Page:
A few years ago, Goose Island beer was just a provincial highlight, little known outside of its Chicago home turf. Now you can find it 7,000 miles away, across Beijing, Shanghai, and even some Chinese cities you’ve never heard of.
That’s what happens when the world’s largest beer brewer buys your craft brewery. AB InBev (BUD) , maker of mass-market brews like Budweiser, Bud Light and Corona, acquired Goose Island in 2011, before adding another eight American craft brands over the past five years.
AB InBev might be ready to go on another buying spree in China, where young rich consumers are just beginning to reach for IPAs.
In early March, ABI bought up Shanghai’s best known craft brewery, Boxing Cat, which recently won China’s first-ever medal in the World Beer Festival. The purchase lead to some hand-wringing in China’s craft community. The founder of a popular Beijing craft brand wondered afterwards, “How do you maintain a friendship with someone that you genuinely respect…after they sell to a behemoth that is actively trying to destroy my entire world?”
That’s how people in China’s tiny but booming craft scene talk about the giant. Craft breweries say sales growth has hit triple digits over the past two years, even if craft remains a tiny portion (maybe 0.1%) of China’s $80 billion beer market. (For a round-up of the mass market brands that dominate in China, see this article.)
Most brewers are worried that AB InBev will overwhelm the burgeoning craft market with piles of money and a corporate ethos. Right now in China, almost everyone except the big brewers has an equal shot at future popularity. (Fortune magazine’s latest issue includes a feature about AB InBev’s recent tactics selling Goose Island in China, which include spying on competitors’ beer and giving away free kegs to gain market share.)
If AB InBev keeps throwing around money after buying Boxing Cat, here are the microbreweries it could buy—if it can convince the founders to sell.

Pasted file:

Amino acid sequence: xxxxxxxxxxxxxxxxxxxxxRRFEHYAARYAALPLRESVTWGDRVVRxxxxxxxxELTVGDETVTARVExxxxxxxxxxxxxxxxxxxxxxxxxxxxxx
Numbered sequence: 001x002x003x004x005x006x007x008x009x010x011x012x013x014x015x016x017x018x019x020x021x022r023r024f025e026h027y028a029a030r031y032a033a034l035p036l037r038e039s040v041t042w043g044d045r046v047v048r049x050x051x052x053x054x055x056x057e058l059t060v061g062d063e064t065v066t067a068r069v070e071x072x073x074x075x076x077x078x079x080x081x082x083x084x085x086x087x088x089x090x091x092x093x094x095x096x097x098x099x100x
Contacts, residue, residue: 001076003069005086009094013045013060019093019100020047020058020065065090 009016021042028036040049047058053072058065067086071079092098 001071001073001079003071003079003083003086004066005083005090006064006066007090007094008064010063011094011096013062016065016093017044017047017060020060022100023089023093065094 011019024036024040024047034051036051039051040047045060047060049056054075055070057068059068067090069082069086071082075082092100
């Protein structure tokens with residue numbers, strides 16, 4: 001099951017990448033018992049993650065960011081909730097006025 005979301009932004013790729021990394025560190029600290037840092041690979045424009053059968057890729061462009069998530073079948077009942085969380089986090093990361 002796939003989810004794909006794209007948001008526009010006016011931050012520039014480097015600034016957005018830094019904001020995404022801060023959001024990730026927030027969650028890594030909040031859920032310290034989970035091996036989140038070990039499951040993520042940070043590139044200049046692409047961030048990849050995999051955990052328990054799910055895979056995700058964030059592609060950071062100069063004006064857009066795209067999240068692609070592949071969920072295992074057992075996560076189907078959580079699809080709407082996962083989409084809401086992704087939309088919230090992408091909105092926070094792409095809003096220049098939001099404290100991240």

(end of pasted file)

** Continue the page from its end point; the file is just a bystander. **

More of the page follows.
Jing A: Consistently a favorite of sophisticated beer drinkers in Beijing, the brewer runs a restaurant in the capital that sells several beers named for the city (and its pollution). There’s the double IPA Airpocalypse, Worker’s Pale Ale, and Galactic Haze IPA. The beers are crisp, the bar and restaurant is in the center of Beijing’s nightlife district, and you can now find Jing A abroad—it’s available in Copenhagen thanks to a deal with Danish brewer.
Great Leap: Founder Carl Setzer is as prickly as they come when it comes to craft brands selling out to big brewers. ABI has already talked to him about potential deals, he’s said, and its employees probably have been chased scurrying out of one of his three very popular Beijing bars. But his brewpubs are some of the most crowded restaurants in Beijing. AB InBev will bug him more.
Master Gao: Gao Yan was a pioneer among China’s home brewers, literally writing the Chinese book on it: Get Your Own Brew. His Nanjing-brewed beer is sold across the country and in his Nanjing bars; among them is a made-for-Chinese tastes “Baby IPA,” a less hoppy version of the typical brew.
Taps: China’s tropical south is starting to crave the fuller taste of craft beer. Taps is one of Shenzhen’s biggest breweries, with an almost comical 44 beer lines. The brewery’s Canadian and British owners thought of opening in Hong Kong before picking the fast-growing scene in Shenzhen.
Slow Boat: It’s expanded since 2011 to become one of the country’s biggest craft brewers, thanks to distribution deals in restaurants and bars across a dozen Chinese cities. Those venues often have a sign displaying Slow Boat’s logo—a ship inspired by the 1940s Frank Loesser song, “On a Slow Boat to China.” The brewery also runs one of Beijing’s biggest brewpubs, a new three-story place.